3D Crash Course
Note: I was building this blog post while watching Harry Potter and the Sorcerer's Stone. If at any time the writing starts sounding more like spells than coherent sentences I apologize in advance.
Since I went to school for 3D like most I assume a lot of this is common knowledge. It is actually really hard to know exactly where to start when a colleague asks what they should know about 3D to get into VR. I guess it is best to not talk in terms of Maya this or Max this and just define the commonalities of workflow, geometry, performance, general good practice when it comes to 3D.
When you reduce all the crazy character models(+200k polys for film at times) down to the most simple part it is a single polygon. a flat little plane. It always has the same features as I note above. Inside of 3D modeling software a user is able to use any of these as handles for manipulation. You could move a single vertex or a cluster. Same as edges and faces.
Here is the same breakdown with a complete piece of geometry. This cube is above is triangular(three sides). Triangulation is most common in gaming models. The cube below is made of quads(four sides). In any case models should not have ngons. Ngons are polygons with more than 4 edges. E. Vertex F. Edge G. Face H. Border Edge. Important to note, UVs(for texturing) are most typically paired with a vertex.
I. This is an example of proper more complex quad geometry. Sometimes quads can look funny but in 99% of the cases it is better to have a goofy quad over a ngon or a tri(if your geometry is all quad).
J. This geometry is an example of two cubes intersecting. If you are deleting faces this is fine for lets say a chair. But, if it were a hand or something that will be dynamically animated it will not work well. Best to avoid.
K. This is an example of non-manifold geometry the edge. Do not do this!
L. Another example of non-manifold geometry two polygons only linked by a vertex.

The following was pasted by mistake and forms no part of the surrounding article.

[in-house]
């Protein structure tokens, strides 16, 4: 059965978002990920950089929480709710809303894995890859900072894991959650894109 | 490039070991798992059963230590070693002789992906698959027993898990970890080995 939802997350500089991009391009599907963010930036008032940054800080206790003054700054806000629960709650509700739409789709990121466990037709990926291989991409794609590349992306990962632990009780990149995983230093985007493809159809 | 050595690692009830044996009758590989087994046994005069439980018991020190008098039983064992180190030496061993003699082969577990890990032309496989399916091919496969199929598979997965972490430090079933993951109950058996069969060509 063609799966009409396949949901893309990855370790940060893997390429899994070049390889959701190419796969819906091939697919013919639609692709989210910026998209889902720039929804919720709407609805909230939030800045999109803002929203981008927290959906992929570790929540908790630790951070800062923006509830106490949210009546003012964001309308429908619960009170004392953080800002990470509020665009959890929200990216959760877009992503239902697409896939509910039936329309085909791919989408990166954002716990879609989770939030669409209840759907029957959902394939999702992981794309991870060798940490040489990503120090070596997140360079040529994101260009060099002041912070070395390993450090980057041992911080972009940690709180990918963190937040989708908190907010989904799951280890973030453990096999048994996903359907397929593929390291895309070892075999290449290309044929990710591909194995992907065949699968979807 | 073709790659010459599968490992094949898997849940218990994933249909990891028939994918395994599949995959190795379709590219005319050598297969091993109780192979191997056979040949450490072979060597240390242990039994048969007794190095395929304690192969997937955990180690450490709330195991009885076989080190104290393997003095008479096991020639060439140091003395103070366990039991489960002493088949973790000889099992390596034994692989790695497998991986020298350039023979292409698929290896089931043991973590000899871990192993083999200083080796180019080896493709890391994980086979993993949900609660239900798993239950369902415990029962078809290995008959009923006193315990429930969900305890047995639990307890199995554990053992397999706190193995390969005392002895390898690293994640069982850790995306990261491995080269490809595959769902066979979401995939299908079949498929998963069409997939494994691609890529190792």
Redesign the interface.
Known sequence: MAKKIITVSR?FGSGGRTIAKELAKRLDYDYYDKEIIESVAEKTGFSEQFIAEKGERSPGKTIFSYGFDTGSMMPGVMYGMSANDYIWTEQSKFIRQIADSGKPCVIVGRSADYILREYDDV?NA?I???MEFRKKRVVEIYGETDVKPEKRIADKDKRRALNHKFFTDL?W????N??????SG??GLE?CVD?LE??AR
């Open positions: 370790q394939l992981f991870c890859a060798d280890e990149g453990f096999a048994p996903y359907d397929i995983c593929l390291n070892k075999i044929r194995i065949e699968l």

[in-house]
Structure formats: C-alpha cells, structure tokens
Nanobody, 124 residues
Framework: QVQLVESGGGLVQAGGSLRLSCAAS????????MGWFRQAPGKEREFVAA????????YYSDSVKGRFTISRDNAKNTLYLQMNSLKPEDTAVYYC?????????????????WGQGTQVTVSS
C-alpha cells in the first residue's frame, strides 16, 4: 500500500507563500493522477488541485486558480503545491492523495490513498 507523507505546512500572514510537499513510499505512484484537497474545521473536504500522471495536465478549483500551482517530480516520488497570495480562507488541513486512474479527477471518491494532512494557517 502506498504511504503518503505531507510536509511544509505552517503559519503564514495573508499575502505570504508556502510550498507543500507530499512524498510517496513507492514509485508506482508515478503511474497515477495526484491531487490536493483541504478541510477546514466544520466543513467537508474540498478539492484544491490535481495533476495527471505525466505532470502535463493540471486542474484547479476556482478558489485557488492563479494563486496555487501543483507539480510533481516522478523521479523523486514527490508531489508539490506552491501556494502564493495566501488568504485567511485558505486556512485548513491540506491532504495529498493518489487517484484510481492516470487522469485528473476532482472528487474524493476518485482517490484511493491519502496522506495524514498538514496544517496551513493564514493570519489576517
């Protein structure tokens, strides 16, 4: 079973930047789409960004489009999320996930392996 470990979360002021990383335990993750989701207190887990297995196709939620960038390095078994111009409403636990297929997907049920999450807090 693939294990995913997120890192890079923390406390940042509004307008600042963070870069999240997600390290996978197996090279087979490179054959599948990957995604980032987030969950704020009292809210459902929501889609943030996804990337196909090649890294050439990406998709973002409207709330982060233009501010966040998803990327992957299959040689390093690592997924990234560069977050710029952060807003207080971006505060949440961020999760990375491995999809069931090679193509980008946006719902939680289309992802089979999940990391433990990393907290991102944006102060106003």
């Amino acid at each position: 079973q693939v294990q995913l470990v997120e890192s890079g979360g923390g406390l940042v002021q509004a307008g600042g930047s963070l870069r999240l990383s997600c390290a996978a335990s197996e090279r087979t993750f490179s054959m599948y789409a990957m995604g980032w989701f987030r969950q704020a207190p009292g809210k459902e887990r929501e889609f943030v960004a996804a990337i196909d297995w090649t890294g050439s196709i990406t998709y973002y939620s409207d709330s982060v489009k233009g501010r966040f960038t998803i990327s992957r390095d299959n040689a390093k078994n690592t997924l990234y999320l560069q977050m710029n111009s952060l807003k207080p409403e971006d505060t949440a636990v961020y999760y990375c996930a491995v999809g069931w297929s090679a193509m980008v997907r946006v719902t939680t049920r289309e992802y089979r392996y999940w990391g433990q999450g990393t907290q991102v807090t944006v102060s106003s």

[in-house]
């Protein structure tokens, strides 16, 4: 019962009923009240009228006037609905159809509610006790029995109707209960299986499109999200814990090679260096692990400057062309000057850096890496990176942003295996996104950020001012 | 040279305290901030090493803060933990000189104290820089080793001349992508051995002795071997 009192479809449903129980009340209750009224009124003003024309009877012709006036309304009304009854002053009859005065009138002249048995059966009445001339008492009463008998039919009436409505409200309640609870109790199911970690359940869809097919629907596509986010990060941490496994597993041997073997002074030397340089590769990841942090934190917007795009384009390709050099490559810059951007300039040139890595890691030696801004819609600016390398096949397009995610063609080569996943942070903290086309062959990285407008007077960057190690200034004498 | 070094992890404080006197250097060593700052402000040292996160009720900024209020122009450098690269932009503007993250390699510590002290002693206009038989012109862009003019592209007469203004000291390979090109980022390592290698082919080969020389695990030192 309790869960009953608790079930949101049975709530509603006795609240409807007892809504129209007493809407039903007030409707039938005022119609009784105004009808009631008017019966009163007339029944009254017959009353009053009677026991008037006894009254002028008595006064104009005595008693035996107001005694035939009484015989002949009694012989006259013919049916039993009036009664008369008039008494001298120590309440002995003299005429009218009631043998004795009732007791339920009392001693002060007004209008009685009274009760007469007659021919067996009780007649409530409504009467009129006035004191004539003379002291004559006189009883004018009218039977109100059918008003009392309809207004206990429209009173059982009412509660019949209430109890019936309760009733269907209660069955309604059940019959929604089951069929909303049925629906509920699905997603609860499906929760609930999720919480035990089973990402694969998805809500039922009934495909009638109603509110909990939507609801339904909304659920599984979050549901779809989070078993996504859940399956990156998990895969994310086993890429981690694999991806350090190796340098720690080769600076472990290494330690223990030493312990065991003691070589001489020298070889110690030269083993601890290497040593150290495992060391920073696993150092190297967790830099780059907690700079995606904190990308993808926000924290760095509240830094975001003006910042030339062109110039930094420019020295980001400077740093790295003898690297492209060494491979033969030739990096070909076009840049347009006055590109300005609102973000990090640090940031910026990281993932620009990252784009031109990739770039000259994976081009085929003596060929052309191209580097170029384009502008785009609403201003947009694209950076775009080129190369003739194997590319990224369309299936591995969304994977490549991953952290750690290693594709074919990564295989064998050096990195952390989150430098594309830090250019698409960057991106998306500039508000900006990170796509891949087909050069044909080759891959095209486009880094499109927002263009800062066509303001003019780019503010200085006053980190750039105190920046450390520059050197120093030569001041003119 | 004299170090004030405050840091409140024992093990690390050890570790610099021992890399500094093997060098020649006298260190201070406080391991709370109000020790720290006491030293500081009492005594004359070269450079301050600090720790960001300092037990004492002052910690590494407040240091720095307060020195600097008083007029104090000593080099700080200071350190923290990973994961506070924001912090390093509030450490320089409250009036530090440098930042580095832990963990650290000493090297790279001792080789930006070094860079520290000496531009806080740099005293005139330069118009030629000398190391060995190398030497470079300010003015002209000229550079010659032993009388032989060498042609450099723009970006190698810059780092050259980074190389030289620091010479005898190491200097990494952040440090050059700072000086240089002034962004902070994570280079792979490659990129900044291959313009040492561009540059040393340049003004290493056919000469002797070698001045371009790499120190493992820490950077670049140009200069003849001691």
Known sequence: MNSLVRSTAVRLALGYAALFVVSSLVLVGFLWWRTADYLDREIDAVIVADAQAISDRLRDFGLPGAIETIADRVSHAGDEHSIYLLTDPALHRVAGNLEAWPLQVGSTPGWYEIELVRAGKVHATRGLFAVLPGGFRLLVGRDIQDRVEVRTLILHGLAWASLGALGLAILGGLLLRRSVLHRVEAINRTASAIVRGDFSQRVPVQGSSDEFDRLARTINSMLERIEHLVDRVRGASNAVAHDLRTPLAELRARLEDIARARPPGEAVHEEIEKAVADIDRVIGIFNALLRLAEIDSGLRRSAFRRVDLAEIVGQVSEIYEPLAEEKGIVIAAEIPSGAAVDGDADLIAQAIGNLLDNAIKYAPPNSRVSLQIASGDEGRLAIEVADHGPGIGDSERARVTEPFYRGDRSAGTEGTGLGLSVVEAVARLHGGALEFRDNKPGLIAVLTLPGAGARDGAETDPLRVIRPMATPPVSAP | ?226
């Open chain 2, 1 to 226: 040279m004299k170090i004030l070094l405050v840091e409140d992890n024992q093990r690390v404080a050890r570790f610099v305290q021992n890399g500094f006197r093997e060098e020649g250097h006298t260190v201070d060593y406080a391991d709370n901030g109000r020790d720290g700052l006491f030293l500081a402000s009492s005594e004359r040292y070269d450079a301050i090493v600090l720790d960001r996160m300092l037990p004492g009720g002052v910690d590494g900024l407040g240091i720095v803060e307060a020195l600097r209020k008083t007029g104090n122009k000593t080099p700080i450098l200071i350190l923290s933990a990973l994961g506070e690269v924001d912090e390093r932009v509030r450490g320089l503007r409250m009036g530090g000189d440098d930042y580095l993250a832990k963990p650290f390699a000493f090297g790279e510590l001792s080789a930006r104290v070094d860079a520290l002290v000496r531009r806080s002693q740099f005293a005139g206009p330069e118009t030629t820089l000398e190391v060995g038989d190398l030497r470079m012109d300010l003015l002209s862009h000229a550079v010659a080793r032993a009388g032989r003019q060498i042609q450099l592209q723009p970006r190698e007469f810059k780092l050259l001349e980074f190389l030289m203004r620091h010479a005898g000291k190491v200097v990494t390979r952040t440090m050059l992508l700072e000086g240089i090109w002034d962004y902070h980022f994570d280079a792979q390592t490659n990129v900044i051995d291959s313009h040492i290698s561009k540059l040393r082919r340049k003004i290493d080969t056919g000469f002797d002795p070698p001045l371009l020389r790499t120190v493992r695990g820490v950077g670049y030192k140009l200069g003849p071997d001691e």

M. Basic Geometry
N. Geometry unfolded by its UVs. This is usually in a particular fashion for efficiency sake. Avoid distortion in the layout.
O. UVs are laid out and sent over to photoshop for a bit of a paint job. There is a diffused texture layer. That would be basic colors etc. There is also a multitude of different texture layers most consisting of a greyscale 0-100%.
P. Here is what this geometry would look like after the texture has been applied.
Here is an example of a model that has a "rig" it is basically a skeleton that the animator will use to animate. The rig itself usually has handles as you see around the models head. IK stands for inverse kinematics. The short of IK is as an animator you can move the hand and the arm chain follows it around which is quicker and tends to look more natural. FK stands for Forward Kinematics for animators this will usually take more time to key and animate. If I wanted to have a character point I would need to rotate shoulder and set key. Then, I would need to rotate elbow and set key. Then, I would need to rotate wrist and set key. Downward to the fingers. There are times when you have to switch from the IK chaining. Typically, there will be a switch for that. On the far right are head shapes that are called "blend shapes" these are bound to the main head and referenced by the main head when they are both connected to the facial control(middle). So, in a lot of ways although you can get unique looks from the character the extreme facial expression positions are very much established well before animation happens.
Lots of different 3D files. OBJs and FBXs are fairly universal. They work fine in Unity. I should note you can retain animations in an FBX vs. a OBJ. MA and MB can be used in Unity as well. The nice thing about MA and MB for Unity is you can quickly iterate.